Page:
Floyd County police took the lead Saturday, along with help from 911 personnel and close to 30 county employees, many with family members, and spent virtually the entire day cleaning out and fixing up the home of a disability-retired county employee.
Sgt. Chris Fincher said several years ago police were dispatched to the home in Garden Lakes to answer a call and saw the home was in bad condition back then. Carl Lively, now a major in the department, was the officer on the scene at the time, and he told the man that if he needed help with the house to just give police a call. Recently, the man came into the police station with his arms outstretched and made that plea for help.
Saturday, the public safety employees turned out en masse, filling debris container after debris container with stuff that had collected inside the home for who knows how many years.
The home had gotten to where it needed to be virtually emptied out because of health problems, and family members had loaded stuff on him.
“In 2011, I had double-bypass surgery and I’ve got a pacemaker now,” he said. He’s also been hospitalized recently for pneumonia and his wife is still in a health care facility recovering from serious orthopedic problems. “It’s just everything — and old age!” he exclaimed.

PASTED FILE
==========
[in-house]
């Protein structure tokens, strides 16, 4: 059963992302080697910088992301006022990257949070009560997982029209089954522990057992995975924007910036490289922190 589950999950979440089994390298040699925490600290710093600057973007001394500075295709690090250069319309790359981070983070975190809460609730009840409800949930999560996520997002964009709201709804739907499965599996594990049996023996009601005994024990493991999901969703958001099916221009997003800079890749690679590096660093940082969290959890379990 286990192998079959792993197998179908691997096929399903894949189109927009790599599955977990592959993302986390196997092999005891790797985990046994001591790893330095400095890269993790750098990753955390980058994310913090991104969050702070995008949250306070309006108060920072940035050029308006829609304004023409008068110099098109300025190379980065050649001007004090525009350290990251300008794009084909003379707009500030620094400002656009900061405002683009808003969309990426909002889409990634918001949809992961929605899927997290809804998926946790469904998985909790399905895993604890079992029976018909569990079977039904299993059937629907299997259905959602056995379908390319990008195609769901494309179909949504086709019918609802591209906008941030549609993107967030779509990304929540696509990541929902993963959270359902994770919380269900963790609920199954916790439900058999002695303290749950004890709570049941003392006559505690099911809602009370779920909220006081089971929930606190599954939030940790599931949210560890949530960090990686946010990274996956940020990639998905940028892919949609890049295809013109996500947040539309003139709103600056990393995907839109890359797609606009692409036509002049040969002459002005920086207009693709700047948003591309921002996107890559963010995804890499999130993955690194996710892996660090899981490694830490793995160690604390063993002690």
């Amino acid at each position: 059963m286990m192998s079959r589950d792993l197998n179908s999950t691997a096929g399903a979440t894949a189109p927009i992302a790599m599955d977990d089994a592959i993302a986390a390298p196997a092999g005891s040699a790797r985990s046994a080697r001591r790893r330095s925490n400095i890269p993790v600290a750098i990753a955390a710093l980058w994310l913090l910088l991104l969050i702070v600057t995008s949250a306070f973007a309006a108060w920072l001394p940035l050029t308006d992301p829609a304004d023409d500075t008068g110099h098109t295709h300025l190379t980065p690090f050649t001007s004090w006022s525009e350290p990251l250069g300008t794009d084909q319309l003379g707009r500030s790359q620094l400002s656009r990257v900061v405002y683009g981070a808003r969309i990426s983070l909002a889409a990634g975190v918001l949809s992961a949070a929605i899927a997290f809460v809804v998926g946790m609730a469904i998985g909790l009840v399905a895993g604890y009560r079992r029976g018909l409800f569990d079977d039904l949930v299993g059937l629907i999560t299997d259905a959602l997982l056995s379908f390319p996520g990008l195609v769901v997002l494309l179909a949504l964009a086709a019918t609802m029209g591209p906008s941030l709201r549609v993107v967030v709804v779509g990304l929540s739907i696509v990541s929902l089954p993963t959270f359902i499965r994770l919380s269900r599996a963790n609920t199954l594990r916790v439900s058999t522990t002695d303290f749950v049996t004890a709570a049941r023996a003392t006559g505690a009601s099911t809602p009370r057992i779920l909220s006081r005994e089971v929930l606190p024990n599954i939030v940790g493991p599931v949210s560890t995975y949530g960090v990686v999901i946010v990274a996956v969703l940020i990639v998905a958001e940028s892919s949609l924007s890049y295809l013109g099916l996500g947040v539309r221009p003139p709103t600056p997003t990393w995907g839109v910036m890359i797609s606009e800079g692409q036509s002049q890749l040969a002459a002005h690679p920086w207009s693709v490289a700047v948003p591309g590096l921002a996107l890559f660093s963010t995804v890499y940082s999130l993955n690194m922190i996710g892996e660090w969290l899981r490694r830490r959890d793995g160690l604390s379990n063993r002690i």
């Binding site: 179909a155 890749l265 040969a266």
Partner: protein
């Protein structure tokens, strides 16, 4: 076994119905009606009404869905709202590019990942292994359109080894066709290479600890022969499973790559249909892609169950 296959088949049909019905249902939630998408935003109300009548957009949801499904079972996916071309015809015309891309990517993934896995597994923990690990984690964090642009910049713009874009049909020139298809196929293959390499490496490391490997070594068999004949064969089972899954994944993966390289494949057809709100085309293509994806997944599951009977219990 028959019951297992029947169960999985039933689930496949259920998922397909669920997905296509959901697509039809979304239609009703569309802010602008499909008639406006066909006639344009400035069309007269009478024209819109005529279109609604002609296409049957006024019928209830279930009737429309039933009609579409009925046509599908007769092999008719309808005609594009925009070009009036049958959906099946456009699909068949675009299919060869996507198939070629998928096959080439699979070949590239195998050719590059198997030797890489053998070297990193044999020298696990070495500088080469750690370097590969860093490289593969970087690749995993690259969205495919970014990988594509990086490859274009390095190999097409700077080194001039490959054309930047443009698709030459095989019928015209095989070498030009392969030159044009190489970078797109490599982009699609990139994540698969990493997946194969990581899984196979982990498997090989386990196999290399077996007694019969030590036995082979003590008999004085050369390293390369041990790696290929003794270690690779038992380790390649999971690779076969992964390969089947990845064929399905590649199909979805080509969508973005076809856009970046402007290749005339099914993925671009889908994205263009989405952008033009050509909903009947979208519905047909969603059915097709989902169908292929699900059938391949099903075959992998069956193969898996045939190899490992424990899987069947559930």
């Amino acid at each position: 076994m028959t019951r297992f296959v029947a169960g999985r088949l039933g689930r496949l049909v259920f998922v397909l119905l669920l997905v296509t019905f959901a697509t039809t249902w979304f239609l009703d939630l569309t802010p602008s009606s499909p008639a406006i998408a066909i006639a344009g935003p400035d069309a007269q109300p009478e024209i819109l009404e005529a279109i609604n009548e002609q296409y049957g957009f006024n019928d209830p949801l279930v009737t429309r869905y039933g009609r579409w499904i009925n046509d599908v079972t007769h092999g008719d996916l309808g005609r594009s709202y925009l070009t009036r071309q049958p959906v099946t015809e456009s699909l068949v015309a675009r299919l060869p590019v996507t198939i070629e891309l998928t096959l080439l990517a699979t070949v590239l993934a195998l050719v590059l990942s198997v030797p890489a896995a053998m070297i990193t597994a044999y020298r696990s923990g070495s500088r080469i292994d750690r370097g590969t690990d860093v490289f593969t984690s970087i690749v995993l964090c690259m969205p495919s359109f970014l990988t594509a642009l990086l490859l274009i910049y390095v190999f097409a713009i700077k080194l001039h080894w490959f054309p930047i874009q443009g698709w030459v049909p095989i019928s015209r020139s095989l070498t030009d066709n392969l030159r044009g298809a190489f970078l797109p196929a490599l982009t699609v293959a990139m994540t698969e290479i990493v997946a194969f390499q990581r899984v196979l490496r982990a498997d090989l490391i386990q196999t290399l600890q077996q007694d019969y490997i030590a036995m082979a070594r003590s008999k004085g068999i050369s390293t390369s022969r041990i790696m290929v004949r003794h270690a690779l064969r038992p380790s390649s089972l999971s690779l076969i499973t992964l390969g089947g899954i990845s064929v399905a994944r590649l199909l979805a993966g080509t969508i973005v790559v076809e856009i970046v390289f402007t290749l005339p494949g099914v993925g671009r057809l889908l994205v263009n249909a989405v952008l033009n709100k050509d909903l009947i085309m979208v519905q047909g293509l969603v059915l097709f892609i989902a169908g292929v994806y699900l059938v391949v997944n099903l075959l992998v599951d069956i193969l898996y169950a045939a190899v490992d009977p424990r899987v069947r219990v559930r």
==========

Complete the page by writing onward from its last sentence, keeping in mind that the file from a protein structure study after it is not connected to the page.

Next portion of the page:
Assistant County Police Chief Tom Ewing and Capt. Greg Dobbins were masked and disinfecting the walls of the living room after it was cleaned out, getting it ready for a new coat of paint. “He’s an ex-county employee, a former corrections officer, and we’re trying to take care of our own,” Ewing said. “We’re trying to help the community, help him when he gets his wife home. It’s just the right thing to do.”
Sgt. Rusty Williams and others hauled trash can after trash can loaded with stuff out, filling up the containers which were hauled away.
Officer Dustin Wade has been on light duty recently, but came out to help in any way he could. That ended up being the chief chef, cooking hot dogs and burgers on the grill.
“We’re servants in our community to begin with, and we can help out in more than one way,” Wade said. “Not only do we come when we’re on duty to help out but we look for more ways to serve our community when we’re at work. These people needed some help and we all needed was to step up and help. A lot of effort has gone into this.”
Special T-shirts were made for the occasion and sold, not given, to the officers, to help pay for the cost of the cleanup. “As we go, we are finding things we need so we’ll send a runner to the store. That’s what the T-shirt money is for,” Fincher said.
Fincher said police got close to $3,000 worth of cash and in-kind donations from the community. Home Depot, Lowe’s, Action Outdoor Power, Rome Equipment Rental, Rents for Events, GMC grocery, Coca Cola, Elder’s Ace Hardware, Johnny on the Spot, Heritage Sleep Concepts, Badcock Furniture and Mulkey Inc. all made contributions to the cleanup, along with several anonymous donors. Mulkey paid the tipping fees at the landfill and Floyd County Public Works crews are expected to help out with some work in the yard of the home after the weather breaks.